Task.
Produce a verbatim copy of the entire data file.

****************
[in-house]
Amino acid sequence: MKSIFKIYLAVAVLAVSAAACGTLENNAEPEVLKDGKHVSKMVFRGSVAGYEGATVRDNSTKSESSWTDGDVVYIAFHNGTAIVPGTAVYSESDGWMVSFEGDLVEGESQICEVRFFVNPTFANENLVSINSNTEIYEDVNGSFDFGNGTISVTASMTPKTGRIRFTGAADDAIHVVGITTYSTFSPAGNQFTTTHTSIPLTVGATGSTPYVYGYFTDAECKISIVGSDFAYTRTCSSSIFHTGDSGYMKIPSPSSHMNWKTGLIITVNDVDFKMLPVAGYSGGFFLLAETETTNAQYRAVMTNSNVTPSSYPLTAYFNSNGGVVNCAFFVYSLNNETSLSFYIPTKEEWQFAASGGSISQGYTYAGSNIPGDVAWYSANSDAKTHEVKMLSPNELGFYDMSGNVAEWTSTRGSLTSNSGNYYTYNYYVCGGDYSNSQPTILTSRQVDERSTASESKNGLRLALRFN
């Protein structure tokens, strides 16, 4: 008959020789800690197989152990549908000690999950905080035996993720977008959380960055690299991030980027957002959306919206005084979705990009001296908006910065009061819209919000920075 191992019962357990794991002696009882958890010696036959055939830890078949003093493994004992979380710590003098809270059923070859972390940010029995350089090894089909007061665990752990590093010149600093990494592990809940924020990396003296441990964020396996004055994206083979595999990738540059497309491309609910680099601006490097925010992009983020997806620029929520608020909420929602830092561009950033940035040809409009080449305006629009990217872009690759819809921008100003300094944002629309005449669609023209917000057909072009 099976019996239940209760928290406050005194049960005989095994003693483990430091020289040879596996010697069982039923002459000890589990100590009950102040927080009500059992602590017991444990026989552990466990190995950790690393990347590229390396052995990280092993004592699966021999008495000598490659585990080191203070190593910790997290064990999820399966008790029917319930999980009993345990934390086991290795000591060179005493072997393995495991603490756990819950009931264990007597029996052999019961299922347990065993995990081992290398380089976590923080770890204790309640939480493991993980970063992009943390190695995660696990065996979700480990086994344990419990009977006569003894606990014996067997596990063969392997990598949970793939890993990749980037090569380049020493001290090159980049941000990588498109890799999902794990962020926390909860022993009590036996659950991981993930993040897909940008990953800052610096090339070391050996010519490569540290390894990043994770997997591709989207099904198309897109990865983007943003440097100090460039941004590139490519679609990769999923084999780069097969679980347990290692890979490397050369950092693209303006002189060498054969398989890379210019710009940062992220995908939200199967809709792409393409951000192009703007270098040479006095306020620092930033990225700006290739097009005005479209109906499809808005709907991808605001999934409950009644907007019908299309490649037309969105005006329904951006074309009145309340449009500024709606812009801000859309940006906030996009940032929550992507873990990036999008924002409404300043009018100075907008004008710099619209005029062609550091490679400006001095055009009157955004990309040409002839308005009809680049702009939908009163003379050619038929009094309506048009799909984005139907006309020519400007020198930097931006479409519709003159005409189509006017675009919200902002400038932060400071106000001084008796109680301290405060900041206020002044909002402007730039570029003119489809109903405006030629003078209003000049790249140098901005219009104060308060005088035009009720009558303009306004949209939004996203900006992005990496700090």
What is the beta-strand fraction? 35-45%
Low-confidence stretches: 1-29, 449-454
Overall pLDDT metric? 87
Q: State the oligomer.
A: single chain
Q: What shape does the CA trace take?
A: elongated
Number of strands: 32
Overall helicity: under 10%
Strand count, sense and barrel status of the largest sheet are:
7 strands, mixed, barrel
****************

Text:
[in-house]
Amino acid sequence: MKSIFKIYLAVAVLAVSAAACGTLENNAEPEVLKDGKHVSKMVFRGSVAGYEGATVRDNSTKSESSWTDGDVVYIAFHNGTAIVPGTAVYSESDGWMVSFEGDLVEGESQICEVRFFVNPTFANENLVSINSNTEIYEDVNGSFDFGNGTISVTASMTPKTGRIRFTGAADDAIHVVGITTYSTFSPAGNQFTTTHTSIPLTVGATGSTPYVYGYFTDAECKISIVGSDFAYTRTCSSSIFHTGDSGYMKIPSPSSHMNWKTGLIITVNDVDFKMLPVAGYSGGFFLLAETETTNAQYRAVMTNSNVTPSSYPLTAYFNSNGGVVNCAFFVYSLNNETSLSFYIPTKEEWQFAASGGSISQGYTYAGSNIPGDVAWYSANSDAKTHEVKMLSPNELGFYDMSGNVAEWTSTRGSLTSNSGNYYTYNYYVCGGDYSNSQPTILTSRQVDERSTASESKNGLRLALRFN
């Protein structure tokens, strides 16, 4: 008959020789800690197989152990549908000690999950905080035996993720977008959380960055690299991030980027957002959306919206005084979705990009001296908006910065009061819209919000920075 191992019962357990794991002696009882958890010696036959055939830890078949003093493994004992979380710590003098809270059923070859972390940010029995350089090894089909007061665990752990590093010149600093990494592990809940924020990396003296441990964020396996004055994206083979595999990738540059497309491309609910680099601006490097925010992009983020997806620029929520608020909420929602830092561009950033940035040809409009080449305006629009990217872009690759819809921008100003300094944002629309005449669609023209917000057909072009 099976019996239940209760928290406050005194049960005989095994003693483990430091020289040879596996010697069982039923002459000890589990100590009950102040927080009500059992602590017991444990026989552990466990190995950790690393990347590229390396052995990280092993004592699966021999008495000598490659585990080191203070190593910790997290064990999820399966008790029917319930999980009993345990934390086991290795000591060179005493072997393995495991603490756990819950009931264990007597029996052999019961299922347990065993995990081992290398380089976590923080770890204790309640939480493991993980970063992009943390190695995660696990065996979700480990086994344990419990009977006569003894606990014996067997596990063969392997990598949970793939890993990749980037090569380049020493001290090159980049941000990588498109890799999902794990962020926390909860022993009590036996659950991981993930993040897909940008990953800052610096090339070391050996010519490569540290390894990043994770997997591709989207099904198309897109990865983007943003440097100090460039941004590139490519679609990769999923084999780069097969679980347990290692890979490397050369950092693209303006002189060498054969398989890379210019710009940062992220995908939200199967809709792409393409951000192009703007270098040479006095306020620092930033990225700006290739097009005005479209109906499809808005709907991808605001999934409950009644907007019908299309490649037309969105005006329904951006074309009145309340449009500024709606812009801000859309940006906030996009940032929550992507873990990036999008924002409404300043009018100075907008004008710099619209005029062609550091490679400006001095055009009157955004990309040409002839308005009809680049702009939908009163003379050619038929009094309506048009799909984005139907006309020519400007020198930097931006479409519709003159005409189509006017675009919200902002400038932060400071106000001084008796109680301290405060900041206020002044909002402007730039570029003119489809109903405006030629003078209003000049790249140098901005219009104060308060005088035009009720009558303009306004949209939004996203900006992005990496700090």
What is the beta-strand fraction? 35-45%
Low-confidence stretches: 1-29, 449-454
Overall pLDDT metric? 87
Q: State the oligomer.
A: single chain
Q: What shape does the CA trace take?
A: elongated
Number of strands: 32
Overall helicity: under 10%
Strand count, sense and barrel status of the largest sheet are:
7 strands, mixed, barrel